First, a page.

Wicked: Billionaire Rules (Alpha Billionaire New Adult Romance)

Billionaire Rules
Nikki Snow

ow am
I supposed to pay rent while you’re in Europe for six months?” I said, staring at my best friend Addison as she packed her bags.

“Kira, just take the job interview. I set it up so that they’re expecting you,” she said, zipping her suitcase. She brushed a strand of long blonde hair out of her face and looked at me, puckering her lips. “I promise this job will pay your bills and then some.”

“I don’t know, Addison. This club sounds a little off to me. You didn’t even send them my resume, and they are letting me interview?”

“I sent them your picture,” she said, fluffing up my wavy brown hair. “That’s what counts at a place like Club Scarlet. You’ll be perfect.”

“A job that cares more about my looks than my experience? Am I going to have to get naked or anything?”

“You’ll be serving high class customers. It’s an extremely exclusive gentlemen’s club. I did tell them about your cocktail waitressing experience.”

I flopped down on the bed next to her suitcase and sighed. “Fine. I’ll go to the interview. I just wish you didn’t have to leave.”

“This is the chance of a lifetime, Kira. Six months in Paris studying art at the Sorbonne. How can I turn that down? Aren’t you happy for me?”

“Of course I am. But I’m going to be in New York all alone now. I’ve been too busy to make new friends since I transferred. You’re my oldest friend. I don’t know what I’ll do without you.”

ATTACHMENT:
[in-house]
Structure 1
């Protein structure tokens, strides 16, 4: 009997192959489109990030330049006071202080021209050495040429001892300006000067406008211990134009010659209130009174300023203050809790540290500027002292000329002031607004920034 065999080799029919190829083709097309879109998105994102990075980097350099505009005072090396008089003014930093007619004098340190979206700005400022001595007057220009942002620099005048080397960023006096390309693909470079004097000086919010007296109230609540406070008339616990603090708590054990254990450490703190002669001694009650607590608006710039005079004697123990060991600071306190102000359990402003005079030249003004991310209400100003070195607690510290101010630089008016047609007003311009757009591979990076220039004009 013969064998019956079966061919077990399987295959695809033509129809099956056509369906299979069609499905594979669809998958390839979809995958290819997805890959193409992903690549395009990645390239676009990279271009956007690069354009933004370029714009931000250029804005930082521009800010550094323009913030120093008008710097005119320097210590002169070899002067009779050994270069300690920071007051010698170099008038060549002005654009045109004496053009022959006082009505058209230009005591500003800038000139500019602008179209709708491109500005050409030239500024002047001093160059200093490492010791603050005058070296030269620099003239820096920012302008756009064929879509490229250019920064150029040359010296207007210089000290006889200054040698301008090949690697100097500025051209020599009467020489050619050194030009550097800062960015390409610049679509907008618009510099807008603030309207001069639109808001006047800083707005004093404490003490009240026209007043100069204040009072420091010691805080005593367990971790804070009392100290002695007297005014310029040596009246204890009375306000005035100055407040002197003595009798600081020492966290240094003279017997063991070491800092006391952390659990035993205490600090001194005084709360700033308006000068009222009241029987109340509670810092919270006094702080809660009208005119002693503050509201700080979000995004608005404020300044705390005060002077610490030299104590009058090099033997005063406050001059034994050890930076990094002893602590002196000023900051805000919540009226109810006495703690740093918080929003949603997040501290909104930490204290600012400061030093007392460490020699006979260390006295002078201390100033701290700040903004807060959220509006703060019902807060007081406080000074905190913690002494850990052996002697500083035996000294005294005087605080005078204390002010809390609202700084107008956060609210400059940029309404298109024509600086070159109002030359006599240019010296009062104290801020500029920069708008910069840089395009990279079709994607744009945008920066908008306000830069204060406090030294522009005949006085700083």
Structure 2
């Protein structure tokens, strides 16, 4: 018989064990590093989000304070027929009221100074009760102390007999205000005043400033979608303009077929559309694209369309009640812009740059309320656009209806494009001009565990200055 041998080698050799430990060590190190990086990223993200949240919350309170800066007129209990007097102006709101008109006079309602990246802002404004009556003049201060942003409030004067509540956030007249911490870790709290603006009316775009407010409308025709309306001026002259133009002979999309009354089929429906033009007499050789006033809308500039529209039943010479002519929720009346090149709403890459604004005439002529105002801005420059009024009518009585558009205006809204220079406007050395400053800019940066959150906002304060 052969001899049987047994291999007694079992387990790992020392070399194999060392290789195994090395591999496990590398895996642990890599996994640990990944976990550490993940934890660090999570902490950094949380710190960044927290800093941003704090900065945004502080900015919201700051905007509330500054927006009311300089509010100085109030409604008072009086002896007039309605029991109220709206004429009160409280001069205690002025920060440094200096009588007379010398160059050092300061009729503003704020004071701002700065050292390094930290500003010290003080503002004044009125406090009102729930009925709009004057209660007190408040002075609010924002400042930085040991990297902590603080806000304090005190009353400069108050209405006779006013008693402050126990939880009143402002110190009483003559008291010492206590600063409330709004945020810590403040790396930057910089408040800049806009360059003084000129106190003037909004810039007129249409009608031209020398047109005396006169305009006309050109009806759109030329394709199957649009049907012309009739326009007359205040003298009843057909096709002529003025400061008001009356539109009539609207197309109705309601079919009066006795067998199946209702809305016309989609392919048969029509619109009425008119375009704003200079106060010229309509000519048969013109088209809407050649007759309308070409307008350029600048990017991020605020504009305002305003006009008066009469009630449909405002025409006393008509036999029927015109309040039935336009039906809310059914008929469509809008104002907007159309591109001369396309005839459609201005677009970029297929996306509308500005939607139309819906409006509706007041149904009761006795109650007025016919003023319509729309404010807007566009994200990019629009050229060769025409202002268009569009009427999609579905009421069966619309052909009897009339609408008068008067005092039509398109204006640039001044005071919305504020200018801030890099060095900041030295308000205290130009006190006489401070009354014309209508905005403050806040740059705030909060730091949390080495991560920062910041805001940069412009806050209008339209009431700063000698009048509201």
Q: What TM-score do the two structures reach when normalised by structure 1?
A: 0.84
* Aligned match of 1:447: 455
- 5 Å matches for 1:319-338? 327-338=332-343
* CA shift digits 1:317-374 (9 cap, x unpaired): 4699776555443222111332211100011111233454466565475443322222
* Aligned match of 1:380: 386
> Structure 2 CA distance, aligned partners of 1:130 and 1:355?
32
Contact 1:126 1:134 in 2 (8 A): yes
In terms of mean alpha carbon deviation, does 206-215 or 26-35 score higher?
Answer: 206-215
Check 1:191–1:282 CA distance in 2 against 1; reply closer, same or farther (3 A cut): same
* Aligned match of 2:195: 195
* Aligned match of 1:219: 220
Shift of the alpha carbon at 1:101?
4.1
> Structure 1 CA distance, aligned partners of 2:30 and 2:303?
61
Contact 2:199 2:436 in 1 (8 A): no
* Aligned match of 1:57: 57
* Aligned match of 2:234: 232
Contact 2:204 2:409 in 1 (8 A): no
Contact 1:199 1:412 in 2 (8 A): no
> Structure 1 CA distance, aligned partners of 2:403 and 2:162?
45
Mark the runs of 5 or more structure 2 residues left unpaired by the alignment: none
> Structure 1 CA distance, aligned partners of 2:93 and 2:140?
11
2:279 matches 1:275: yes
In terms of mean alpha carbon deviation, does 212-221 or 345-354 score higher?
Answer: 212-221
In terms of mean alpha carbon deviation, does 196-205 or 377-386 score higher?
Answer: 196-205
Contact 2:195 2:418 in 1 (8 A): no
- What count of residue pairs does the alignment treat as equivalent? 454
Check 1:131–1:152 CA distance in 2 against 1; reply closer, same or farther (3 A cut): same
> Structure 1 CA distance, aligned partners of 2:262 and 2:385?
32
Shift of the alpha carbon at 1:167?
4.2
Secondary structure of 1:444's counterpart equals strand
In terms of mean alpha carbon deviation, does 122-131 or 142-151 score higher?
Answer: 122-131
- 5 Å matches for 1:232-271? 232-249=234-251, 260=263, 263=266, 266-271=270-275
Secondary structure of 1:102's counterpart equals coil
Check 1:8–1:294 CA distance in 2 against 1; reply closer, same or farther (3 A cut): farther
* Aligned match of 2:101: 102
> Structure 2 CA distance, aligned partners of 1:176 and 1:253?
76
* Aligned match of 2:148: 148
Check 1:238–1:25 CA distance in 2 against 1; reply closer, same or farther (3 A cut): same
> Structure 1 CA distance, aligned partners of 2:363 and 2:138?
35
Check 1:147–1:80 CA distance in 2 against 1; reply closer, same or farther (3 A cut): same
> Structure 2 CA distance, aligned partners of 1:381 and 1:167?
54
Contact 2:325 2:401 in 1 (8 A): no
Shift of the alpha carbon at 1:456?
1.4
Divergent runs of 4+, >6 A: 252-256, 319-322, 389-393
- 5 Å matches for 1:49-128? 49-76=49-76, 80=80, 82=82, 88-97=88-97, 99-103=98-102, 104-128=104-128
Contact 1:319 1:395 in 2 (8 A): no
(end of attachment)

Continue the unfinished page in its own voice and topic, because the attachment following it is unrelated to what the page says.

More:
“You were just fine without me back at Ohio State. You’ll be fine without me now.”

“But I knew everyone at Ohio State,” I said.

Addison patted my head and pursed her lips. “Please, Kira, just take the job.”

Addison left the next morning on a transcontinental flight to France. After dropping her off, I drove home in my rickety old pickup and parked in front of my apartment building in Brooklyn. My tuition for NYU was coming due soon and so was the rent. I looked up at the brownstone building and grimaced. What had I gotten myself into? I should have stayed in Ohio.

I ran up the front steps of my building and strode to my third floor apartment with my keys jangling in my hand. When I got inside, I flopped down on the couch and stared at the blank screen of our tiny TV. The sense of solitude washed over me, making tears well up in my eyes. I crossed my arms tightly over my chest and sucked down a sob.

Instead of letting myself wallow in loneliness, I stood up and went to my bedroom to find something to wear to the interview tonight. I knew it was crazy to go to an interview for a job at this “exclusive gentlemen’s club.” I might have been from Ohio, but I knew what that meant.

Inside my room, I noticed a garment bag hanging on the door of my closet with a note attached. Raising my eyebrows, I crossed the room and lifted the hanger off the door. I unzipped the bag and uncovered the outfit inside. After I pulled it out, I threw it on the bed and stared at it.

The “dress” looked like several pieces of hot pink dental floss wrapped together. I drew my eyebrows into a scowl and lifted the attached note from the bed.